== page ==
This past couple of weeks, I have really been pondering about wars. I happened to read Ian McEwan's novel, "Atonement", and it put into perspective wars, big and small. Till now, I have felt sorry for most of the wars I have read about, in a sort of distant way - the world wars, the Civil war and their aftermaths. Even the Indian war of independence, for all the patriotic feelings it generated in me was - well, just a statistic. What mattered was who lost and who won, and how many people were killed. This book changed the statistics to something very personal. Each person who died in all these cataclysms was some body's husband or wife, lover, sibling or parent. To an extent, the movies "Life is Beautiful" and "Border" try to do it too, but "Atonement" is in a class by itself.
Atonement is the story of Briony, a thirteen-year old girl in 1935. How her precocious imagination brings about a crime, and how she atones for it, is the backbone of the novel. The story itself is simple. What makes the novel so very enjoyable is the lyrical words used by McEwan. He has a great gift for words, and is capable of painting pictures with his pen. Pictures so real that we are transported to a different time and place, and made to feel the characters' emotions as our own. Another great point about Atonement is its naturalness. All events happen one after the other in natural succession. We do not see McEwan thrusting his ideas upon any of the characters, though they are the products of his imagination. We always feel that the characters speak and act of their own accord, not because McEwan wills it.
Perhaps what impressed me most in the novel, was the description of WWII. Robbie Turner, one of the main characters in 'Atonement', is recruited by the English army and sent to fight for France. But the English army cannot match the German onslaught, and a retreat is ordered. While getting to Dunkirk from his station, he witnesses much destruction. He sees a child's leg, just a leg dangling from a tree, and it makes him sick. He tries to rescue a mother and her child from German bombing, but fails. There is hopelessness, death and distress everywhere. The soldiers smoke to keep hunger away, and water is scarce. The taunts and concern of his companions, the attitude of soldiers desperate for food, drink, rest and love make a deep impact on him, and us. The mind boggles when one thinks of the enormity of the carnage caused by the second world war. So many lives lost, so many hearts torn asunder because of the fancies of just one madman who happened to be ambitious and powerful! I used to consider the 'peace and no change' concept simplistic, but since reading this book, I have almost become a pacifist (contrary to my liking). Now, when I think about war, I see the dangling leg of a child in my mind's eye, and it really hurts.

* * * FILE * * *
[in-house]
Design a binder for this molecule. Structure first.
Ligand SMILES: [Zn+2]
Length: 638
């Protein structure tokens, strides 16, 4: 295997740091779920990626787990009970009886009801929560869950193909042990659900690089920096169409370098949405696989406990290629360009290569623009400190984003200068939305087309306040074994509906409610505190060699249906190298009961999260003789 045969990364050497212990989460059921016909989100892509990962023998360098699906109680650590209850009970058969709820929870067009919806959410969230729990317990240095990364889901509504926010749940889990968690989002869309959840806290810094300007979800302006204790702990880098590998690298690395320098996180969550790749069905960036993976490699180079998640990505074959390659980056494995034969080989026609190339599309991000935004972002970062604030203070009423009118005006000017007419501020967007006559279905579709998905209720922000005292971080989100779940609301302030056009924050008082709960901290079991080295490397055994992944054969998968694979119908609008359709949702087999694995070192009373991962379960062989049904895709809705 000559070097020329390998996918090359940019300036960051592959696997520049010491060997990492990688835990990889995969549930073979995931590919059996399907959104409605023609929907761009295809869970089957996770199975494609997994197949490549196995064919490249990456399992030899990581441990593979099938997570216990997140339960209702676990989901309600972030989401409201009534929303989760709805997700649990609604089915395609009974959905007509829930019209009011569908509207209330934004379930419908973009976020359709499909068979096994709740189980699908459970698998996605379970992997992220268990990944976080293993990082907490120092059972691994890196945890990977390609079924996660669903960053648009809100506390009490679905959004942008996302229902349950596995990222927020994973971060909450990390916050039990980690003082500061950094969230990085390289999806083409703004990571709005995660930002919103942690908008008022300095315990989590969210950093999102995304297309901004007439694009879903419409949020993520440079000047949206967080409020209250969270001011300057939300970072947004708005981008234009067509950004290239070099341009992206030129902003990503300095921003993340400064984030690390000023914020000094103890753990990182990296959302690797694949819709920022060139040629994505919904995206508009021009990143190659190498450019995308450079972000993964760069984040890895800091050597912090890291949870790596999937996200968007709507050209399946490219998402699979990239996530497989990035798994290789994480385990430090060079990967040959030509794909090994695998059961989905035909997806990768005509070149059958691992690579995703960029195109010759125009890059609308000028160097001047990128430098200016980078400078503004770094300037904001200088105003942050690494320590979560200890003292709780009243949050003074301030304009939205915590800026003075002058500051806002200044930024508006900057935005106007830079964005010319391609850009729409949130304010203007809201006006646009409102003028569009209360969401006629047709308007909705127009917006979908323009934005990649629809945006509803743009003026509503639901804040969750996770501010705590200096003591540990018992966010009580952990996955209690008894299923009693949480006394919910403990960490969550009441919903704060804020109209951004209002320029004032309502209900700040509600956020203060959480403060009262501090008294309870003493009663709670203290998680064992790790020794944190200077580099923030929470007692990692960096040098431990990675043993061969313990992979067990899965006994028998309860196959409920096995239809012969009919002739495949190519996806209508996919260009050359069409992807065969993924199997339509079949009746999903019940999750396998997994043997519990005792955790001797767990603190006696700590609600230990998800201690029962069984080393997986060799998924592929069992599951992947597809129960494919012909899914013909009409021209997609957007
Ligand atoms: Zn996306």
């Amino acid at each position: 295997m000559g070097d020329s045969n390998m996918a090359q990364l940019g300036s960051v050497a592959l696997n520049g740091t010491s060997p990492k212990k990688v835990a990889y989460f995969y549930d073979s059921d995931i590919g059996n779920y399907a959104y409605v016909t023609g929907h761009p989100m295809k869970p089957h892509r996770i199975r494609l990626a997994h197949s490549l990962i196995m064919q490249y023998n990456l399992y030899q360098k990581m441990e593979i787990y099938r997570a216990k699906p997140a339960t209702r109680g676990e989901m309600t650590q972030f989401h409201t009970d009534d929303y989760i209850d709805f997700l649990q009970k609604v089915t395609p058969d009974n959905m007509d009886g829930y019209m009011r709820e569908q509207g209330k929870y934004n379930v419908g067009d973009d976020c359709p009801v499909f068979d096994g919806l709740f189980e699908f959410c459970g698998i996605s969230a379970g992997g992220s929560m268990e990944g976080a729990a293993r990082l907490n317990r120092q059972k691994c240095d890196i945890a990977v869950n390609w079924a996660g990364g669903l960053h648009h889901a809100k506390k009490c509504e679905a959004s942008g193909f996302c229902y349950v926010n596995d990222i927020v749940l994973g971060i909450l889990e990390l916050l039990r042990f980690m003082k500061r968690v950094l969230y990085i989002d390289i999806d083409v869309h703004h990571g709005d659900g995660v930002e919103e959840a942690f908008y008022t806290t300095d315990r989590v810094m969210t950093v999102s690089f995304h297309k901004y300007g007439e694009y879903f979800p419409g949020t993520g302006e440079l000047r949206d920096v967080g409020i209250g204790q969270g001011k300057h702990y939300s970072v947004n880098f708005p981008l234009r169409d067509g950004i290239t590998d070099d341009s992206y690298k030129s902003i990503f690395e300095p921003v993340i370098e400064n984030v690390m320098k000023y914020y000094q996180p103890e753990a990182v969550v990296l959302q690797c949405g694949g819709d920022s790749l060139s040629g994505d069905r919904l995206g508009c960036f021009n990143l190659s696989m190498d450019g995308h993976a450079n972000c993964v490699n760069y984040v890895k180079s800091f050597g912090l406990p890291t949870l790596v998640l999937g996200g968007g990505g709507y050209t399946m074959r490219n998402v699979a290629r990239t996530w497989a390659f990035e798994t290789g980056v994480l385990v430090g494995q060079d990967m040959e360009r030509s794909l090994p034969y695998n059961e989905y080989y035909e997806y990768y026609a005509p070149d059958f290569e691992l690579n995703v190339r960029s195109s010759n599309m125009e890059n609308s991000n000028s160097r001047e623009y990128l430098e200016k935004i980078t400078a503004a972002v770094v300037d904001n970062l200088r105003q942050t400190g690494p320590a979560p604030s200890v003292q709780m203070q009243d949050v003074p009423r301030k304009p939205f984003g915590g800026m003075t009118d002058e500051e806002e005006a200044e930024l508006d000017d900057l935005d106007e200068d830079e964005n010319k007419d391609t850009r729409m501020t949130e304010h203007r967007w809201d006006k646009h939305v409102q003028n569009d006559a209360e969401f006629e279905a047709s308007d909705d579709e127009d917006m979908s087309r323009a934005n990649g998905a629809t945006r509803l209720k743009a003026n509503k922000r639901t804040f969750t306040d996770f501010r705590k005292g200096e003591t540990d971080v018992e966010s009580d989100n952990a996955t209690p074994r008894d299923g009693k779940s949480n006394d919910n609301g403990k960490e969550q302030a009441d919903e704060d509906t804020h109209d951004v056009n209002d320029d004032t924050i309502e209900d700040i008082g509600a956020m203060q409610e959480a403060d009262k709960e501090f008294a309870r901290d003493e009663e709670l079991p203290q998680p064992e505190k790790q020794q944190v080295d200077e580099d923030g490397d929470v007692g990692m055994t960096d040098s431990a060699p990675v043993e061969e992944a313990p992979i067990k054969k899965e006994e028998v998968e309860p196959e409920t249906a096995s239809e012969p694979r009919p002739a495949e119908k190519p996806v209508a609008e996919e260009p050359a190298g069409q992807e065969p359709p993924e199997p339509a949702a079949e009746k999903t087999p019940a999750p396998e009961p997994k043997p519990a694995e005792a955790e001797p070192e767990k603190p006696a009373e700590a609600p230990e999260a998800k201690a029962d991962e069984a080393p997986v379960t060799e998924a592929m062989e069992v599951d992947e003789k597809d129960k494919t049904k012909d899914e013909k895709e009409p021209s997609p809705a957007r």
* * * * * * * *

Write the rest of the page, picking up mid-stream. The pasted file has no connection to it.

'Atonement' was also in the news for wrong reasons. McEwan was accused of plagiarism . This accusation notwithstanding, I loved the chapter on the nurses' work. Service to the patients while not minding their own physical difficulties is what they learn during probation. They wear neck-biting uniforms, inhale disinfectants all day and their identity is reduced to just a badge...
McEwan uses the name 'Turner' for Robbie throughout the war-description. At the hospital, the nurses are not allowed to reveal their first names to the patients; it is an unwritten rule. That is how war and death are. First names and personal details, emotions, ideas and everything else that make one human life distinct from another are completely obliterated. One just becomes one of many, just a statistic.
There is one aspect of war, positive to some. That is economic revamping. Some businesses thrive during war and after war (I suppose that is why wars are made!). I started wondering about the ethics of manufacturing chocolate bars to distribute in the army (and actually wanting the war to happen, so this chocolate-bar-business may thrive), but I did not get anywhere. I go one way, and it is communism that I detest. And the other way does not look good either. My question is, where does the layperson stand, when it comes to issues like this? Is a person allowed to be selfish? If so, how selfish can (s)he be, without transgressing ethical and moral boundaries? This is a question that does not have an answer.
'Atonement' is a great novel. It is a serious book, definitely worth a serious read. I did not particularly like the ending, though. It leaves one with a calm but yet sinking sort of feeling, and my Indian mind would have been more at ease if the ending were a little more cheery. But perhaps it is just as well... When life itself ends in tragedy so many times, why shouldn't a novel?